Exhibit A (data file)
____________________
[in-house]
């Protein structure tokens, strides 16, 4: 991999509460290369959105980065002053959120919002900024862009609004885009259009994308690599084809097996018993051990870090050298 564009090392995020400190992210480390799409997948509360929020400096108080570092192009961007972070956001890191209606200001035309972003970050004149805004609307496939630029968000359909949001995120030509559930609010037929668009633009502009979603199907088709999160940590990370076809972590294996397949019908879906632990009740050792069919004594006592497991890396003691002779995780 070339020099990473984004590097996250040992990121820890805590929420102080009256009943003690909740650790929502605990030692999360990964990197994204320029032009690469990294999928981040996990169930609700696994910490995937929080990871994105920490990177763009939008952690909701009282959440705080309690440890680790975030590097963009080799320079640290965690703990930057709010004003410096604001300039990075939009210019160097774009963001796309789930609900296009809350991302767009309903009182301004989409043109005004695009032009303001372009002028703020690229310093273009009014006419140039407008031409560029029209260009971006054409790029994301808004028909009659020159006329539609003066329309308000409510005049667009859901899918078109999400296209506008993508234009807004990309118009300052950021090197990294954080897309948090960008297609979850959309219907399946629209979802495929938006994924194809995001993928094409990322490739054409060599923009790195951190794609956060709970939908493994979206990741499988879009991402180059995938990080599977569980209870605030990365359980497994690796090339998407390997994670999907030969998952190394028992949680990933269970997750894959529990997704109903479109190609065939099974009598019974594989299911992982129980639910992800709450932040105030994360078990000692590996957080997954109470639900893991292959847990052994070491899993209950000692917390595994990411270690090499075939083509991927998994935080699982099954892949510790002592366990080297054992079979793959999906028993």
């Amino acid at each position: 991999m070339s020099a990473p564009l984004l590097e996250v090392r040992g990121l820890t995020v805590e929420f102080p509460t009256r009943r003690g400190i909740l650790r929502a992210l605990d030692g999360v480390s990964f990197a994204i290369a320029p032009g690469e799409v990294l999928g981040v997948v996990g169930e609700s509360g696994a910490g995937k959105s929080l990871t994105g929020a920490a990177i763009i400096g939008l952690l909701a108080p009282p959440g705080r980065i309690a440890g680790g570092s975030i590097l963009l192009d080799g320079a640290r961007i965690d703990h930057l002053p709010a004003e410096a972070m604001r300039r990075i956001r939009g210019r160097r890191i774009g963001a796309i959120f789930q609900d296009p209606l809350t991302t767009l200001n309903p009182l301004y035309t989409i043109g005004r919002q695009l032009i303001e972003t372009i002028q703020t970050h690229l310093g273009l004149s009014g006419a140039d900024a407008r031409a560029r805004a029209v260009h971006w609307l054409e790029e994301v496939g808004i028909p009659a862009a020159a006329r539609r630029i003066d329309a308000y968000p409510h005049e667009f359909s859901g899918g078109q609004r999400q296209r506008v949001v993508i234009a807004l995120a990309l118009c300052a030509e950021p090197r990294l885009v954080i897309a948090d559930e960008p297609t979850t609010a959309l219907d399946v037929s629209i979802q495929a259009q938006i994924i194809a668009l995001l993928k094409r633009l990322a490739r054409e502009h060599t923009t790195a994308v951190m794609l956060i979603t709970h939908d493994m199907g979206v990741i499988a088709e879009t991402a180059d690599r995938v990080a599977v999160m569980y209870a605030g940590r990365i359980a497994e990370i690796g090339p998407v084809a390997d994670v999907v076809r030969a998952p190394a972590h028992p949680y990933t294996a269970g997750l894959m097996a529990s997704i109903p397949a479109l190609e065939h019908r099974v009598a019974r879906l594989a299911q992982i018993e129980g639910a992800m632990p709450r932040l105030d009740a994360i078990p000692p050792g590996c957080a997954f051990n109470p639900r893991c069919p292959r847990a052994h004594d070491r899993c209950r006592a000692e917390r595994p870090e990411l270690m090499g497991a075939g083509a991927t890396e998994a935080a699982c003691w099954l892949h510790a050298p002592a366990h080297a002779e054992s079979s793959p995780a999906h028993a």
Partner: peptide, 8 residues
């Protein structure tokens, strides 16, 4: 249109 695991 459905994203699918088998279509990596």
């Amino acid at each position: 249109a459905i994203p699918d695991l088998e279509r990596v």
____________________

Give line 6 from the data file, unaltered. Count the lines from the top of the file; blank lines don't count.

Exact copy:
């Amino acid at each position: 249109a459905i994203p699918d695991l088998e279509r990596v």